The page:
Cyber attack 'could fell US within 15 minutes'

Discussion in 'SitRep' started by Colin1, May 8, 2010.

  1. Colin1

    Colin1 Active Member

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    The Daily Telegraph 8 May 2010

    By Alex Spillius
    in Washington


    The United States must prepare for a full-scale cyber attack that could cause death and destruction across the country within 15 minutes, a former anti-terrorism official has warned.

    Richard Clarke, an adviser to Bill Clinton and George W Bush, claimed that America's lack of preparation for the annexing of its computer system by terrorists could lead to an 'electronic Pearl Harbour'.
    Mr Clarke's new book, Cyber War: The Next National Security Threat, written with Robert Knake, warns that tens of thousands of Americans could die in an attack comparable to a nuclear bomb. Yet it would take no more than 15 minutes and involve not a single terrorist or soldier setting foot in the US.

    The book outlines a doomsday scenario in which the problems would start with the collapse of one of the Pentagon's computer networks. Following the attack, internet service providers would be in meltdown while chemical plants malfunctioned, releasing lethal clouds of chlorine.

    Planes would collide in mid-air and underground trains crash in New York, Washington and Los Angeles. More than 150 cities would be hit by power cuts. As the chief anti-terrorism adviser to Mr Clinton and then Mr Bush, Mr Clarke issued warnings of the need for better defences against al-Qaeda and wrote about his futile campagin on the 2004 book Against All Enemies. Now he argues that a similar lack of preparation could exact a tragic price.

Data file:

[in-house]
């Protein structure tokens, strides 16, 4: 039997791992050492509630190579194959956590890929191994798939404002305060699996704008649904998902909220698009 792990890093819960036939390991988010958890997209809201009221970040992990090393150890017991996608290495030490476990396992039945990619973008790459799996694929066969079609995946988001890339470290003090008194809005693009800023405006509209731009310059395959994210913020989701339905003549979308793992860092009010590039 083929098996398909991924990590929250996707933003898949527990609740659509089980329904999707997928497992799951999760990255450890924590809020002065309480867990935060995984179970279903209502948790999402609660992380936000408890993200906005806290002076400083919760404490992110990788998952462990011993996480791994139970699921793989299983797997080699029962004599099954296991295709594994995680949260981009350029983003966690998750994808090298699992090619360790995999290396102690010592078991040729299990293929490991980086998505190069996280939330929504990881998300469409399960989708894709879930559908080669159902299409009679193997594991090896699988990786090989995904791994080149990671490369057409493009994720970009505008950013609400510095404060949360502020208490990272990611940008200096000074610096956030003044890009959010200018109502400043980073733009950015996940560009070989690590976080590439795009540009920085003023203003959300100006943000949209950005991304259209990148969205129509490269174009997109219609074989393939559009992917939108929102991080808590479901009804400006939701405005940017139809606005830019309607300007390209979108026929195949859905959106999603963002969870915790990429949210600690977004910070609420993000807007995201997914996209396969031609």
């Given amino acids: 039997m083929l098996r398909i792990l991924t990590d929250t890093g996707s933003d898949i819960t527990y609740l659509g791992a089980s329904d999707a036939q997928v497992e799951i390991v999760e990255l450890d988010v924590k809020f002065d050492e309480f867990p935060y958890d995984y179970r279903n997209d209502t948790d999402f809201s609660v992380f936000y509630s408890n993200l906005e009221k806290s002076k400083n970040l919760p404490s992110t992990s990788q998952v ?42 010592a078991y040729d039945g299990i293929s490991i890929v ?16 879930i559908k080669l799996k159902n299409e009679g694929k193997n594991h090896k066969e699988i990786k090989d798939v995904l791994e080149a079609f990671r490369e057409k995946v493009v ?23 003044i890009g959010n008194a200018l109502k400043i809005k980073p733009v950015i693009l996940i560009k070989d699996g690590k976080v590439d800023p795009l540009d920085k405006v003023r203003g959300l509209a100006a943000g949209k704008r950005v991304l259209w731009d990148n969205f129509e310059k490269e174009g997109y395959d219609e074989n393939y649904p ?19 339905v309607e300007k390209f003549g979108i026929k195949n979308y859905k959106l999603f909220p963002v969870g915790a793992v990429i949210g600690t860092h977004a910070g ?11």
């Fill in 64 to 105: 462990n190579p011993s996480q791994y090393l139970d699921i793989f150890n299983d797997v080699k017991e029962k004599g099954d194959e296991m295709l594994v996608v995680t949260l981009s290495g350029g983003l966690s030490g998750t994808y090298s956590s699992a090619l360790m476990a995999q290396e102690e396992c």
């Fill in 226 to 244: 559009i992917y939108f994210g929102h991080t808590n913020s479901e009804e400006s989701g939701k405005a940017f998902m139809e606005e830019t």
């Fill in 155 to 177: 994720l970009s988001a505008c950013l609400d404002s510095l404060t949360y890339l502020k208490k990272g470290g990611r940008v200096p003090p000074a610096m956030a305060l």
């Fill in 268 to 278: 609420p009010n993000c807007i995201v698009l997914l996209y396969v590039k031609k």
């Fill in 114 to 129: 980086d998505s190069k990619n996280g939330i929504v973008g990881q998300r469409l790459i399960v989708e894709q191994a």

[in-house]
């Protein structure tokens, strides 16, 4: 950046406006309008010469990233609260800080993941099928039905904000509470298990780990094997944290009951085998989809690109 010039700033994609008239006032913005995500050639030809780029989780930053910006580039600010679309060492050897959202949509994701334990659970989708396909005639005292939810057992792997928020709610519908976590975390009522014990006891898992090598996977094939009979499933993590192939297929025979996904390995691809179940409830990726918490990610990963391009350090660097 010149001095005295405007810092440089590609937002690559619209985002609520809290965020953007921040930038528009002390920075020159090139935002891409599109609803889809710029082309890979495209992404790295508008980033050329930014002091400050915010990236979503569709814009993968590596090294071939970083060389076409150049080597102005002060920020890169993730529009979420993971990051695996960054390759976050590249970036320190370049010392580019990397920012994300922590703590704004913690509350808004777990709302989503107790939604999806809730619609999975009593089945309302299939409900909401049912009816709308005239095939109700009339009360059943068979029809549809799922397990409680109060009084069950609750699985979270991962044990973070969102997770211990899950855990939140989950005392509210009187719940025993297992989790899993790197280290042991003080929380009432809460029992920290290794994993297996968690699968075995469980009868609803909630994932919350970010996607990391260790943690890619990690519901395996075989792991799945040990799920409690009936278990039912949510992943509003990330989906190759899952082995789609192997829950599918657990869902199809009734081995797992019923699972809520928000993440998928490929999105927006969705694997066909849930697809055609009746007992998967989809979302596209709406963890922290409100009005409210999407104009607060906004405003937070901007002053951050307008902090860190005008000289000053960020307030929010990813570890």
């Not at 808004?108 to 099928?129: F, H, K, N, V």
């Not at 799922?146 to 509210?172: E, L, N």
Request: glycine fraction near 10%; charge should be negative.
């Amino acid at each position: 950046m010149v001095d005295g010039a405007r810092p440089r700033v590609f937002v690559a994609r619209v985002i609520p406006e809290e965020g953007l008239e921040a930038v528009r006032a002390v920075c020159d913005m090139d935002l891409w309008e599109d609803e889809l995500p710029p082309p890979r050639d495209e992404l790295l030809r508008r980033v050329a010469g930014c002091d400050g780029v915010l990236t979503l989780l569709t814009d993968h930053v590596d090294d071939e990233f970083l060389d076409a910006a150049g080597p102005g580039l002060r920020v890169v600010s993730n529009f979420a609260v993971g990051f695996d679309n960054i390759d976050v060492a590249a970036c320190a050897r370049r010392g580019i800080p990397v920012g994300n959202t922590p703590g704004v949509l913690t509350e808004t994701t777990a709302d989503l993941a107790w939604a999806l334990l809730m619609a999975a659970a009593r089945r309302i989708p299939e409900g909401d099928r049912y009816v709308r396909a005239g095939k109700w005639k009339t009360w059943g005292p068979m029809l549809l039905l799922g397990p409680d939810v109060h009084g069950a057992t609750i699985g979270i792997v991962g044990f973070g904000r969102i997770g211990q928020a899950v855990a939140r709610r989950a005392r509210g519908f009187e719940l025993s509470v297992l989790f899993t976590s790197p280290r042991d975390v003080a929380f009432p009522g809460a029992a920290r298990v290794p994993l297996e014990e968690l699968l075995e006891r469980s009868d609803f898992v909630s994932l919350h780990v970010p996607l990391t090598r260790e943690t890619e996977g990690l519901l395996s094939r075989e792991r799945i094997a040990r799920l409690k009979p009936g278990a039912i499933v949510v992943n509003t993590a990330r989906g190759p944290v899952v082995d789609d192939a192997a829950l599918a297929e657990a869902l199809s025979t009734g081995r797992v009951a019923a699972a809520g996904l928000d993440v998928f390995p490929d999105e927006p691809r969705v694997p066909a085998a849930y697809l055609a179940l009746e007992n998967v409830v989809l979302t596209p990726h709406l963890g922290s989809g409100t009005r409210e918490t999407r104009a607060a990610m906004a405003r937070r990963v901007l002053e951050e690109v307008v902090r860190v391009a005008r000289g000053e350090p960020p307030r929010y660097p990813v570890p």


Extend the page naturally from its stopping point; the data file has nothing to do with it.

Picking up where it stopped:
In part, the US has been hampered by the success of the internet and expansion of computerised networks, which have led to a hazardous degree of over-dependence. The belief in the internet as the free-wheeling epitome of American free speech has made government intrusion politically difficult, leaving the private sector particularly vulnerable to well-trained hackers.

    Mr Clarke and Mr Knake believe that successive administrations, including President Obama's, have failed to get to grips with the scale of the problem.

    The armed forces have yet to open the new US Cyber Command Centre amid disagreements about what role different agencies would play. At least 30 nations have created offensive cyber war capabilities which enable them to plant a variety of viruses and bugs into the key utility, military and financial systems of other states.

    The authors are convinced that there will at some point be a cyber war between two nations and are concerned that such a conflict would 'lower the threshold' for a conventional war.

    The US is currently far more vulnerable to cyber war than Russia, China or even North Korea, because those countries are less reliant on the internet. Britain, as a state more tolerant of government interference, is also thought to be far better prepared than its ally across the Atlantic.

    "We must have the ability to turn off our connection to the internet and still be able to continue to operate" Mr Knake, a senior fellow at the Council on Foreign Relations told the The Daily Telegraph. "Relying on a system as precarious as the internet is a big mistake. It is a fundamentally insecure ecosystem that is ripe for conflict and gives countries with disadvantages in conventional weapons an asymmetrical advantage".

    The US has already experienced two major cyber warning shots. Hackers from Russia or China successfully planted software in the US electricity grid that could be used to sabotage the system at a later date. In 2009, North Koreans succeeded in bringing down the servers of the Department of Homeland Security, the US Treasury and several other government departments.